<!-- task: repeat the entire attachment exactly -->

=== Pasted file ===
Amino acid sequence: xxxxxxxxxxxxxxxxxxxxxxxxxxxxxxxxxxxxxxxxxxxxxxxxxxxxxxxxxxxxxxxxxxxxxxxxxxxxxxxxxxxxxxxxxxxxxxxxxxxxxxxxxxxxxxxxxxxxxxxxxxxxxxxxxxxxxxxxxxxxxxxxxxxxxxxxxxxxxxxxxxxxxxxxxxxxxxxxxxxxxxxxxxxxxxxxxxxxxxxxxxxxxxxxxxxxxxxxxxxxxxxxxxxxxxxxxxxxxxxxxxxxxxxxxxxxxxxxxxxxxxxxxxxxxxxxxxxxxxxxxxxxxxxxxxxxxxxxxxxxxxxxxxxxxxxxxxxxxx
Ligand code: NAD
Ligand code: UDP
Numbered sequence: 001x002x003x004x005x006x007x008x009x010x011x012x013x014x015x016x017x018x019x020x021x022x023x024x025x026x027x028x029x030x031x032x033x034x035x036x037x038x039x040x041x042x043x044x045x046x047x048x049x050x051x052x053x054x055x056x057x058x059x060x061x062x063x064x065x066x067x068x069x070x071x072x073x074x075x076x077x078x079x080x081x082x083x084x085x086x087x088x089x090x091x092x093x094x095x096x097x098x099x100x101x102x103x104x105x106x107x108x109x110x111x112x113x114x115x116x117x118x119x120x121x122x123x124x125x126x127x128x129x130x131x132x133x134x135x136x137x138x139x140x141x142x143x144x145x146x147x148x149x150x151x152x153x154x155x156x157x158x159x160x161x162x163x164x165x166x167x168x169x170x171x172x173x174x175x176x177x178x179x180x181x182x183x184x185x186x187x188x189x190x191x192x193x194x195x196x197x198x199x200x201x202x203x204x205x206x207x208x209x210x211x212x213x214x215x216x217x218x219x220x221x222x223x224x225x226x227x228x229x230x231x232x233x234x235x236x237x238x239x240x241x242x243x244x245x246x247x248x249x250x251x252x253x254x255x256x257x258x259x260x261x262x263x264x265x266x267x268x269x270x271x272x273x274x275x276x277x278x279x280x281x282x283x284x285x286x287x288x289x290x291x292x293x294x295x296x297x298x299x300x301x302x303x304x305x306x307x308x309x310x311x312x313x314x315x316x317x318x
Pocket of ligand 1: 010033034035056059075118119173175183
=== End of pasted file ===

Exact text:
Amino acid sequence: xxxxxxxxxxxxxxxxxxxxxxxxxxxxxxxxxxxxxxxxxxxxxxxxxxxxxxxxxxxxxxxxxxxxxxxxxxxxxxxxxxxxxxxxxxxxxxxxxxxxxxxxxxxxxxxxxxxxxxxxxxxxxxxxxxxxxxxxxxxxxxxxxxxxxxxxxxxxxxxxxxxxxxxxxxxxxxxxxxxxxxxxxxxxxxxxxxxxxxxxxxxxxxxxxxxxxxxxxxxxxxxxxxxxxxxxxxxxxxxxxxxxxxxxxxxxxxxxxxxxxxxxxxxxxxxxxxxxxxxxxxxxxxxxxxxxxxxxxxxxxxxxxxxxxxxxxxxxxx
Ligand code: NAD
Ligand code: UDP
Numbered sequence: 001x002x003x004x005x006x007x008x009x010x011x012x013x014x015x016x017x018x019x020x021x022x023x024x025x026x027x028x029x030x031x032x033x034x035x036x037x038x039x040x041x042x043x044x045x046x047x048x049x050x051x052x053x054x055x056x057x058x059x060x061x062x063x064x065x066x067x068x069x070x071x072x073x074x075x076x077x078x079x080x081x082x083x084x085x086x087x088x089x090x091x092x093x094x095x096x097x098x099x100x101x102x103x104x105x106x107x108x109x110x111x112x113x114x115x116x117x118x119x120x121x122x123x124x125x126x127x128x129x130x131x132x133x134x135x136x137x138x139x140x141x142x143x144x145x146x147x148x149x150x151x152x153x154x155x156x157x158x159x160x161x162x163x164x165x166x167x168x169x170x171x172x173x174x175x176x177x178x179x180x181x182x183x184x185x186x187x188x189x190x191x192x193x194x195x196x197x198x199x200x201x202x203x204x205x206x207x208x209x210x211x212x213x214x215x216x217x218x219x220x221x222x223x224x225x226x227x228x229x230x231x232x233x234x235x236x237x238x239x240x241x242x243x244x245x246x247x248x249x250x251x252x253x254x255x256x257x258x259x260x261x262x263x264x265x266x267x268x269x270x271x272x273x274x275x276x277x278x279x280x281x282x283x284x285x286x287x288x289x290x291x292x293x294x295x296x297x298x299x300x301x302x303x304x305x306x307x308x309x310x311x312x313x314x315x316x317x318x
Pocket of ligand 1: 010033034035056059075118119173175183